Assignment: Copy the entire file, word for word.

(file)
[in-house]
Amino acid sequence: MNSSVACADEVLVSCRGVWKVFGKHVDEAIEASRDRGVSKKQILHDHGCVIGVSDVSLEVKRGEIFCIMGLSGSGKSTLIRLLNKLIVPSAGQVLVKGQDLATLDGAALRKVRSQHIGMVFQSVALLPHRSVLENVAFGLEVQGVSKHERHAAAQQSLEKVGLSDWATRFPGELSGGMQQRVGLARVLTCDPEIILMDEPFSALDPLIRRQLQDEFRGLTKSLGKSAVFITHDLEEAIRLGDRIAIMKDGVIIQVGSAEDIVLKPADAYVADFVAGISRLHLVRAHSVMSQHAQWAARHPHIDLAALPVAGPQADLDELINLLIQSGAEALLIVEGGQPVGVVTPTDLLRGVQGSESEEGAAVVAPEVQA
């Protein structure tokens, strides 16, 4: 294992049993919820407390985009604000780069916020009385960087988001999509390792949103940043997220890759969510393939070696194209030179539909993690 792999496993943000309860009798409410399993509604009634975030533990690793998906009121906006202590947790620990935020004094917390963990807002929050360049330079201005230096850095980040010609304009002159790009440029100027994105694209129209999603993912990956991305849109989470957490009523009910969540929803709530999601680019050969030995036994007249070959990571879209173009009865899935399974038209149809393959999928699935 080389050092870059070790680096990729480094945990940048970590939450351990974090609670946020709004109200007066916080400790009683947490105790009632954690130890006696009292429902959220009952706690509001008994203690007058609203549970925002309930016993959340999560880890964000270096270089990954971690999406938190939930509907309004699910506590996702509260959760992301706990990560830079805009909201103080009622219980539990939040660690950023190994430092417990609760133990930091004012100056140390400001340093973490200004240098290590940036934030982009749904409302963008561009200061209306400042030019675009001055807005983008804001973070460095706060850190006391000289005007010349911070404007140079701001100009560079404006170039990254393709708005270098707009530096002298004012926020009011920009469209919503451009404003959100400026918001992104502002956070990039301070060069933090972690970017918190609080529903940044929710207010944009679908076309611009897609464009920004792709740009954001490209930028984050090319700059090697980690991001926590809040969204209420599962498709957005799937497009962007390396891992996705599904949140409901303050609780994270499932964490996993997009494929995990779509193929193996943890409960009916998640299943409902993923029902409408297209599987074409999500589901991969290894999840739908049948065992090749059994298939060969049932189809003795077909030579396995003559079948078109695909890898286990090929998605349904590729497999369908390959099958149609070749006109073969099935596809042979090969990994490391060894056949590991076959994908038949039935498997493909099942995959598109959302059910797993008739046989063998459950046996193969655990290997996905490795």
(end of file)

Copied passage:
[in-house]
Amino acid sequence: MNSSVACADEVLVSCRGVWKVFGKHVDEAIEASRDRGVSKKQILHDHGCVIGVSDVSLEVKRGEIFCIMGLSGSGKSTLIRLLNKLIVPSAGQVLVKGQDLATLDGAALRKVRSQHIGMVFQSVALLPHRSVLENVAFGLEVQGVSKHERHAAAQQSLEKVGLSDWATRFPGELSGGMQQRVGLARVLTCDPEIILMDEPFSALDPLIRRQLQDEFRGLTKSLGKSAVFITHDLEEAIRLGDRIAIMKDGVIIQVGSAEDIVLKPADAYVADFVAGISRLHLVRAHSVMSQHAQWAARHPHIDLAALPVAGPQADLDELINLLIQSGAEALLIVEGGQPVGVVTPTDLLRGVQGSESEEGAAVVAPEVQA
């Protein structure tokens, strides 16, 4: 294992049993919820407390985009604000780069916020009385960087988001999509390792949103940043997220890759969510393939070696194209030179539909993690 792999496993943000309860009798409410399993509604009634975030533990690793998906009121906006202590947790620990935020004094917390963990807002929050360049330079201005230096850095980040010609304009002159790009440029100027994105694209129209999603993912990956991305849109989470957490009523009910969540929803709530999601680019050969030995036994007249070959990571879209173009009865899935399974038209149809393959999928699935 080389050092870059070790680096990729480094945990940048970590939450351990974090609670946020709004109200007066916080400790009683947490105790009632954690130890006696009292429902959220009952706690509001008994203690007058609203549970925002309930016993959340999560880890964000270096270089990954971690999406938190939930509907309004699910506590996702509260959760992301706990990560830079805009909201103080009622219980539990939040660690950023190994430092417990609760133990930091004012100056140390400001340093973490200004240098290590940036934030982009749904409302963008561009200061209306400042030019675009001055807005983008804001973070460095706060850190006391000289005007010349911070404007140079701001100009560079404006170039990254393709708005270098707009530096002298004012926020009011920009469209919503451009404003959100400026918001992104502002956070990039301070060069933090972690970017918190609080529903940044929710207010944009679908076309611009897609464009920004792709740009954001490209930028984050090319700059090697980690991001926590809040969204209420599962498709957005799937497009962007390396891992996705599904949140409901303050609780994270499932964490996993997009494929995990779509193929193996943890409960009916998640299943409902993923029902409408297209599987074409999500589901991969290894999840739908049948065992090749059994298939060969049932189809003795077909030579396995003559079948078109695909890898286990090929998605349904590729497999369908390959099958149609070749006109073969099935596809042979090969990994490391060894056949590991076959994908038949039935498997493909099942995959598109959302059910797993008739046989063998459950046996193969655990290997996905490795």